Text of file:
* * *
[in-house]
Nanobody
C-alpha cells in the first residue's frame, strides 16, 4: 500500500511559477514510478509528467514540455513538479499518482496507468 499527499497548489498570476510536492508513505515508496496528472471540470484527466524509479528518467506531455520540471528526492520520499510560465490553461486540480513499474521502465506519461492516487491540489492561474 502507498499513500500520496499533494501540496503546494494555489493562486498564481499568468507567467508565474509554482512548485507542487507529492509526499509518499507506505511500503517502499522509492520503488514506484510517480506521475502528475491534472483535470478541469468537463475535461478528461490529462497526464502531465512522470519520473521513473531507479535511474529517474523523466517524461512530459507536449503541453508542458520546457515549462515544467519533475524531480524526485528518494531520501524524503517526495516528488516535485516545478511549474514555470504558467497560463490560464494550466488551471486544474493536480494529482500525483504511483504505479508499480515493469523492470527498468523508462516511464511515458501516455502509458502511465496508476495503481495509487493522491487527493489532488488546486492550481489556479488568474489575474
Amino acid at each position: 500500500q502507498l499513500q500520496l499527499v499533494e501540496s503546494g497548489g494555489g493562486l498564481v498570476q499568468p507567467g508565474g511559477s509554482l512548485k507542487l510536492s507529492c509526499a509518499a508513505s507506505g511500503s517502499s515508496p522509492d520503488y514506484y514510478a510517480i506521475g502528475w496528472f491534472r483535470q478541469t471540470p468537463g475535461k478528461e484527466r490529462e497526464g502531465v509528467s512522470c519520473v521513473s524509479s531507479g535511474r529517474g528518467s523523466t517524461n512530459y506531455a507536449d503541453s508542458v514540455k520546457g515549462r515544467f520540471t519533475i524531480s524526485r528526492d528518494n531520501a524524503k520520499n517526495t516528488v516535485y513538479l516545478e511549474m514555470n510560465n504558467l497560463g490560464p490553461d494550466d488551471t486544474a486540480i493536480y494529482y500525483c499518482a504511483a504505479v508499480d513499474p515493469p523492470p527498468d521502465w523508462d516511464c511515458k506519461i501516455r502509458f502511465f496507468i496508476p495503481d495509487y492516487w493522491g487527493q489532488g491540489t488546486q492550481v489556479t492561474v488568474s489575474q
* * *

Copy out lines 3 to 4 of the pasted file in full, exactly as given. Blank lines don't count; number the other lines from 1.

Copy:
C-alpha cells in the first residue's frame, strides 16, 4: 500500500511559477514510478509528467514540455513538479499518482496507468 499527499497548489498570476510536492508513505515508496496528472471540470484527466524509479528518467506531455520540471528526492520520499510560465490553461486540480513499474521502465506519461492516487491540489492561474 502507498499513500500520496499533494501540496503546494494555489493562486498564481499568468507567467508565474509554482512548485507542487507529492509526499509518499507506505511500503517502499522509492520503488514506484510517480506521475502528475491534472483535470478541469468537463475535461478528461490529462497526464502531465512522470519520473521513473531507479535511474529517474523523466517524461512530459507536449503541453508542458520546457515549462515544467519533475524531480524526485528518494531520501524524503517526495516528488516535485516545478511549474514555470504558467497560463490560464494550466488551471486544474493536480494529482500525483504511483504505479508499480515493469523492470527498468523508462516511464511515458501516455502509458502511465496508476495503481495509487493522491487527493489532488488546486492550481489556479488568474489575474
Amino acid at each position: 500500500q502507498l499513500q500520496l499527499v499533494e501540496s503546494g497548489g494555489g493562486l498564481v498570476q499568468p507567467g508565474g511559477s509554482l512548485k507542487l510536492s507529492c509526499a509518499a508513505s507506505g511500503s517502499s515508496p522509492d520503488y514506484y514510478a510517480i506521475g502528475w496528472f491534472r483535470q478541469t471540470p468537463g475535461k478528461e484527466r490529462e497526464g502531465v509528467s512522470c519520473v521513473s524509479s531507479g535511474r529517474g528518467s523523466t517524461n512530459y506531455a507536449d503541453s508542458v514540455k520546457g515549462r515544467f520540471t519533475i524531480s524526485r528526492d528518494n531520501a524524503k520520499n517526495t516528488v516535485y513538479l516545478e511549474m514555470n510560465n504558467l497560463g490560464p490553461d494550466d488551471t486544474a486540480i493536480y494529482y500525483c499518482a504511483a504505479v508499480d513499474p515493469p523492470p527498468d521502465w523508462d516511464c511515458k506519461i501516455r502509458f502511465f496507468i496508476p495503481d495509487y492516487w493522491g487527493q489532488g491540489t488546486q492550481v489556479t492561474v488568474s489575474q